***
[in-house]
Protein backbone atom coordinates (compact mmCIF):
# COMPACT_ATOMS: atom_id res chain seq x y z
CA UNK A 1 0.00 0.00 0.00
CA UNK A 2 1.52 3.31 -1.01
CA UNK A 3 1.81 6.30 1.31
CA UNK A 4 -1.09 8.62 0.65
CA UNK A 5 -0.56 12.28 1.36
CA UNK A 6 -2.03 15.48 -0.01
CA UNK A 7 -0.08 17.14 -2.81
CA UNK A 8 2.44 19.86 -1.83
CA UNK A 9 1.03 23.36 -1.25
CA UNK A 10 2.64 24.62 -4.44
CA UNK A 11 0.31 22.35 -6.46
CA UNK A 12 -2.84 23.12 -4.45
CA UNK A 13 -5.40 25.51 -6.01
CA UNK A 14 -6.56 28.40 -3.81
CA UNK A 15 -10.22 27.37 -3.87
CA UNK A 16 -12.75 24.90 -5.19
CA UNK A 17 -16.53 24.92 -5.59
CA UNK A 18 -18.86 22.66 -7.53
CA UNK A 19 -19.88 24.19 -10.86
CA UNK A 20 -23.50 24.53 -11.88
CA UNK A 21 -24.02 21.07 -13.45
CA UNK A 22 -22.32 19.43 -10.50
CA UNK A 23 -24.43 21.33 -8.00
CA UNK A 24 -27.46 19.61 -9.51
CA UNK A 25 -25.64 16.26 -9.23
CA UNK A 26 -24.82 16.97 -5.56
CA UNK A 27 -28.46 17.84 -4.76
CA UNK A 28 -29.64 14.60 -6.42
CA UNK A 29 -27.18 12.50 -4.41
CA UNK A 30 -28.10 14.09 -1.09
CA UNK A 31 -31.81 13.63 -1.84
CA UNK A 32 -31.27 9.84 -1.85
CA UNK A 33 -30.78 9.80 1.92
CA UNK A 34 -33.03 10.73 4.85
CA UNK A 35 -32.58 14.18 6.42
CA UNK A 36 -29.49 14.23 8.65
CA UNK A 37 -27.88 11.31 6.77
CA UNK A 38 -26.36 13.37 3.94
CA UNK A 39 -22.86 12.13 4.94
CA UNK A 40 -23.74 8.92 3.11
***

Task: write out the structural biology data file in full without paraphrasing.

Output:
[in-house]
Protein backbone atom coordinates (compact mmCIF):
# COMPACT_ATOMS: atom_id res chain seq x y z
CA UNK A 1 0.00 0.00 0.00
CA UNK A 2 1.52 3.31 -1.01
CA UNK A 3 1.81 6.30 1.31
CA UNK A 4 -1.09 8.62 0.65
CA UNK A 5 -0.56 12.28 1.36
CA UNK A 6 -2.03 15.48 -0.01
CA UNK A 7 -0.08 17.14 -2.81
CA UNK A 8 2.44 19.86 -1.83
CA UNK A 9 1.03 23.36 -1.25
CA UNK A 10 2.64 24.62 -4.44
CA UNK A 11 0.31 22.35 -6.46
CA UNK A 12 -2.84 23.12 -4.45
CA UNK A 13 -5.40 25.51 -6.01
CA UNK A 14 -6.56 28.40 -3.81
CA UNK A 15 -10.22 27.37 -3.87
CA UNK A 16 -12.75 24.90 -5.19
CA UNK A 17 -16.53 24.92 -5.59
CA UNK A 18 -18.86 22.66 -7.53
CA UNK A 19 -19.88 24.19 -10.86
CA UNK A 20 -23.50 24.53 -11.88
CA UNK A 21 -24.02 21.07 -13.45
CA UNK A 22 -22.32 19.43 -10.50
CA UNK A 23 -24.43 21.33 -8.00
CA UNK A 24 -27.46 19.61 -9.51
CA UNK A 25 -25.64 16.26 -9.23
CA UNK A 26 -24.82 16.97 -5.56
CA UNK A 27 -28.46 17.84 -4.76
CA UNK A 28 -29.64 14.60 -6.42
CA UNK A 29 -27.18 12.50 -4.41
CA UNK A 30 -28.10 14.09 -1.09
CA UNK A 31 -31.81 13.63 -1.84
CA UNK A 32 -31.27 9.84 -1.85
CA UNK A 33 -30.78 9.80 1.92
CA UNK A 34 -33.03 10.73 4.85
CA UNK A 35 -32.58 14.18 6.42
CA UNK A 36 -29.49 14.23 8.65
CA UNK A 37 -27.88 11.31 6.77
CA UNK A 38 -26.36 13.37 3.94
CA UNK A 39 -22.86 12.13 4.94
CA UNK A 40 -23.74 8.92 3.11